June
28
2020

Recent riots and looting in cities around the United States has many people on edge. One of the side effects of this is that gun sales have skyrocketed.

In Texas, this has led to gun stores being swamped. In fact, background checks in the state are up over 60 percent year over year in 2020 when compared to 2019. More people are also expected to be concealed carrying.

If you have or are thinking about getting a gun, though, it’s important to remember that even though gun laws in the state of Texas are more relaxed than in other states, there are still laws. Moreover, these laws also change quite regularly.

Below, we’re going to discuss some recent changes to the law to help you avoid potentially severe weapons charges.

What Are the New Laws Concerning Guns In Texas?

The state of Texas doesn’t actually have many gun laws compared to other places around the country. Instead, our state remains in compliance with federal gun laws as a guideline. These federal laws govern various aspects of gun ownership, including the age at which a person can buy a gun and the possession of guns by persons such as restricted felons.

During the 2019 legislative session, there were a number of new laws and changes that were made to help Texans who wanted to own and carry their firearms in public. Some of the most prominent changes include:

Senate Bill 535

This new bill makes it legal for Texans to legally carry firearms into places of worship such as churches, synagogues, mosques, and temples. These establishments can still prohibit the carrying of firearms on their premises, but must make this clear with signage. This law only applies to Texans who are legally entitled to carry a firearm.

Senate Bill 741

This new law prevents property owners associations from prohibiting the storage of legally owned firearms on rental properties.

House Bill 121

Under house bill 121, Texans who are legally allowed to carry will have a defense in the event they enter the premises of a business or other establishment that prohibits carrying firearms. The one requirement to use this defense is that they must leave when asked.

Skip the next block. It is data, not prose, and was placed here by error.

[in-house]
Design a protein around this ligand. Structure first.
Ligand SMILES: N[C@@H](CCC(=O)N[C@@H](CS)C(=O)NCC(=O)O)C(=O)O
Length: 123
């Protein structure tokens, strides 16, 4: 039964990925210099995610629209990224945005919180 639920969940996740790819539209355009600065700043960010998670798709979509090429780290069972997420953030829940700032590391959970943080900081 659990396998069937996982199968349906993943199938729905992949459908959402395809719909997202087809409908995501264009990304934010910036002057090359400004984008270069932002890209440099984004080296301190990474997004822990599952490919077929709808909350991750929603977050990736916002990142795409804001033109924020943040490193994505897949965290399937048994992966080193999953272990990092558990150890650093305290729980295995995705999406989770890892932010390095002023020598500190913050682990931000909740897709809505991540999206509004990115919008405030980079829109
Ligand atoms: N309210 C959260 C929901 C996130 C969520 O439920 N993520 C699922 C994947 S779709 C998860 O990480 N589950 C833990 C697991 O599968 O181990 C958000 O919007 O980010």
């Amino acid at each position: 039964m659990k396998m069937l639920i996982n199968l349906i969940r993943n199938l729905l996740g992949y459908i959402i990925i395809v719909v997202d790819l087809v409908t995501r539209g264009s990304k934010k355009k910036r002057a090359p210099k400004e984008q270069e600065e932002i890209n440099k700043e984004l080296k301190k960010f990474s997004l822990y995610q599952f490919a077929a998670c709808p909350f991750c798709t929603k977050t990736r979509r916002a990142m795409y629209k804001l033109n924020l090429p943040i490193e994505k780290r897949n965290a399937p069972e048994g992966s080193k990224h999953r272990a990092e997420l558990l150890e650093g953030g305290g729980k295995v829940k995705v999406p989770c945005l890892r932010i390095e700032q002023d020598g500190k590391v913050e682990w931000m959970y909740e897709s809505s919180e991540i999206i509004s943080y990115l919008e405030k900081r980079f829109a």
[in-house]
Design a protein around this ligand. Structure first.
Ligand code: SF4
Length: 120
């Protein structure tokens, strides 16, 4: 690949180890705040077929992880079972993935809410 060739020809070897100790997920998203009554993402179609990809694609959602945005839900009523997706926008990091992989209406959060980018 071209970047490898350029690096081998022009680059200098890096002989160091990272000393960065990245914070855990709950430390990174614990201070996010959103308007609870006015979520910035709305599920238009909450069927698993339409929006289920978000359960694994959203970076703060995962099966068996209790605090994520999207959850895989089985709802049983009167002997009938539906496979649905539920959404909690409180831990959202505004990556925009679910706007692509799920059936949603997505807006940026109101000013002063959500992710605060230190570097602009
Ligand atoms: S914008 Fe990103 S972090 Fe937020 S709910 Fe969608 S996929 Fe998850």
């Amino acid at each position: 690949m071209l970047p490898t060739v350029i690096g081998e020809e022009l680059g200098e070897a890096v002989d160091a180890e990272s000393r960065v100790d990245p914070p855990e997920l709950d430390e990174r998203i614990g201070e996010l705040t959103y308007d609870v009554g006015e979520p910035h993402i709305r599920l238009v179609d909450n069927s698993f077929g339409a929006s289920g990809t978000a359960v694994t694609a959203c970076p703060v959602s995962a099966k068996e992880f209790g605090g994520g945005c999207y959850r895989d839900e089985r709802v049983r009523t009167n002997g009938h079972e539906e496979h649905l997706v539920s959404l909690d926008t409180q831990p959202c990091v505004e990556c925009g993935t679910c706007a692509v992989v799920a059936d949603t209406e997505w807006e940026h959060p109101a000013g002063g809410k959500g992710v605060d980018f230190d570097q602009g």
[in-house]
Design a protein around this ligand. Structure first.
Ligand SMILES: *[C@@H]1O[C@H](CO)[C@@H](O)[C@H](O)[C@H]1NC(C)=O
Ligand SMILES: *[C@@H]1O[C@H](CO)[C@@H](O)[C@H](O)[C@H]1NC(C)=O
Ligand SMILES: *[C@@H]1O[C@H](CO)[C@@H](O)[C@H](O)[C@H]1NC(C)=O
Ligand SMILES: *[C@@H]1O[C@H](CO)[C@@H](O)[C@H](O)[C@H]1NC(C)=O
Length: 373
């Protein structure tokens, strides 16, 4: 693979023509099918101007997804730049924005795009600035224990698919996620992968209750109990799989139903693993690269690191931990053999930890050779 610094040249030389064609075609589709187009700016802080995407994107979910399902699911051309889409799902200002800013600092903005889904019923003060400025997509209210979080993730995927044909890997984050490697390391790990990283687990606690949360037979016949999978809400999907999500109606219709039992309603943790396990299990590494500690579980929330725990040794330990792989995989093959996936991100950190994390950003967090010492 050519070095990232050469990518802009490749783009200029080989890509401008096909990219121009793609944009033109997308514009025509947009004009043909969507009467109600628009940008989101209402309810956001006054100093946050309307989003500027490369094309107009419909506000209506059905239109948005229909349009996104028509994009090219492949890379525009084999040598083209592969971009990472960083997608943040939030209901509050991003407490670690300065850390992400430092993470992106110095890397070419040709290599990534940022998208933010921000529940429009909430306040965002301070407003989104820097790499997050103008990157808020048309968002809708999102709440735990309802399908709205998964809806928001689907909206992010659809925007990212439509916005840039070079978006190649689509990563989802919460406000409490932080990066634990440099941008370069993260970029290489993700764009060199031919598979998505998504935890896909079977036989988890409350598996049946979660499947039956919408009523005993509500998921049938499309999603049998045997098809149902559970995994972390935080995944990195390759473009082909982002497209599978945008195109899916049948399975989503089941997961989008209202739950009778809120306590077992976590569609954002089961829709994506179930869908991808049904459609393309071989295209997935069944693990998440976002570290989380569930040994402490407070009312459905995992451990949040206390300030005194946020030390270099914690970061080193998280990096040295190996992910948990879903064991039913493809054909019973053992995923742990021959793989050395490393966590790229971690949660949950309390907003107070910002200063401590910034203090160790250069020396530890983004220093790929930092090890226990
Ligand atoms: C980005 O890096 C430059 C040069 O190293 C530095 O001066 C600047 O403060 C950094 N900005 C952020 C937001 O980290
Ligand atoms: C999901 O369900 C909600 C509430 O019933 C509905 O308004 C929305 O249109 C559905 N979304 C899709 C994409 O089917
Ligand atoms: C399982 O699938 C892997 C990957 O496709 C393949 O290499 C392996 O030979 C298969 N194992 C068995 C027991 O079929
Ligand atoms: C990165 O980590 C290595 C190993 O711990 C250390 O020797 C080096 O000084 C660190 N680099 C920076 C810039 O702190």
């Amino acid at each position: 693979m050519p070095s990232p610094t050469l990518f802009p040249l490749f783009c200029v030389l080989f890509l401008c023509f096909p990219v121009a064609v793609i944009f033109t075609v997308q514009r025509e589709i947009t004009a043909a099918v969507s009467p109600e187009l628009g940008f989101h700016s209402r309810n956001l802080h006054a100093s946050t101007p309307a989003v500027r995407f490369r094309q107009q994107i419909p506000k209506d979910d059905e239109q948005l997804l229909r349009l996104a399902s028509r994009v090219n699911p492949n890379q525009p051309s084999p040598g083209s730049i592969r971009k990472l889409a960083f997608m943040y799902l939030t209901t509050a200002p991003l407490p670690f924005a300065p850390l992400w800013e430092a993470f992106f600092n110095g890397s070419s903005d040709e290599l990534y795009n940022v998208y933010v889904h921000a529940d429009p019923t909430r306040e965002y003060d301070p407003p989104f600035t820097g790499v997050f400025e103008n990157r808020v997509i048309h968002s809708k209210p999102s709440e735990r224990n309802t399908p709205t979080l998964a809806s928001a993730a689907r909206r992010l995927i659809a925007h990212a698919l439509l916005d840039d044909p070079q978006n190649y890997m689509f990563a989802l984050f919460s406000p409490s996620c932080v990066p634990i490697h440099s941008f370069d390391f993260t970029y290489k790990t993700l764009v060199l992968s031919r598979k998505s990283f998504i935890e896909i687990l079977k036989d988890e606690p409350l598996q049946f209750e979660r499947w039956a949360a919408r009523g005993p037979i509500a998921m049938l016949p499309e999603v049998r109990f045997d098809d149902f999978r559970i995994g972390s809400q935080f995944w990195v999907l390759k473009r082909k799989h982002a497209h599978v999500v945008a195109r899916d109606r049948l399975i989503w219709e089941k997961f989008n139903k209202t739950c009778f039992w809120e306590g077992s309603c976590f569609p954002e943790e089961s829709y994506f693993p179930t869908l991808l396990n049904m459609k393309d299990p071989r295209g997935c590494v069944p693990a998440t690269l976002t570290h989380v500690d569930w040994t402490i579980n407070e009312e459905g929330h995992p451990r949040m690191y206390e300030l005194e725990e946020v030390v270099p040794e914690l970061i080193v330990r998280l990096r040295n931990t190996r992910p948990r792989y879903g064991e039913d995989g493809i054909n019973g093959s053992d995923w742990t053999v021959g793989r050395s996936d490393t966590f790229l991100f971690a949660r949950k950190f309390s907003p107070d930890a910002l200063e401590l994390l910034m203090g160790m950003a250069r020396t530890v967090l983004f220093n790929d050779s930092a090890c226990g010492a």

House Bill 302

This adds protection to renters so that landlords can no longer ban renters or their guests from carrying firearms and can no longer add such stipulations into lease agreements.

House Bill 1387

This relaxes some of the restrictions limiting the number of school marshals that can carry firearms on public and private campuses.

House Bill 1177

Texans will now be able to legally carry a firearm during a state of disaster. This applies to handguns being carried without a license.

House Bill 1143

This law bans school districts from banning licensed firearms owners from legally storing a firearm in their vehicle in a parking lot.

House Bill 2363

This law allows certain foster homes to store firearms in locked locations.

How Do These Changes Affect Texans Who Are Charged?

Fort Worth Gun Charges Defense Lawyer

These new laws give greater protection to individuals who are legally allowed to carry firearms in the state of Texas. It’s important to note that all individuals possessing a firearm must be in compliance with federal gun laws.

There are also other laws in the state, such as those governing the carrying of firearms into bars, that Texans must follow. However, with these new laws in effect, Texans accused of violating gun laws will now have further protections and stronger defenses against weapons charges.

 

 

About the Author:

After getting his Juris Doctor from the University of Houston Law Center, Jeff Hampton began practicing criminal law in Texas in 2005. Before becoming a defense attorney, he worked as a prosecutor for the Tarrant County District Attorney’s Office – experience he uses to anticipate and cast doubt on the arguments that will be used against his clients. Over the course of his career, he has helped countless Texans protect their rights and get the best possible outcome in their criminal cases. He has been named one of the 3 Best DUI Lawyers in Fort Worth, recognized by Expertise, National Trial Lawyers, Avvo, and others, and he is Lead Counsel rated.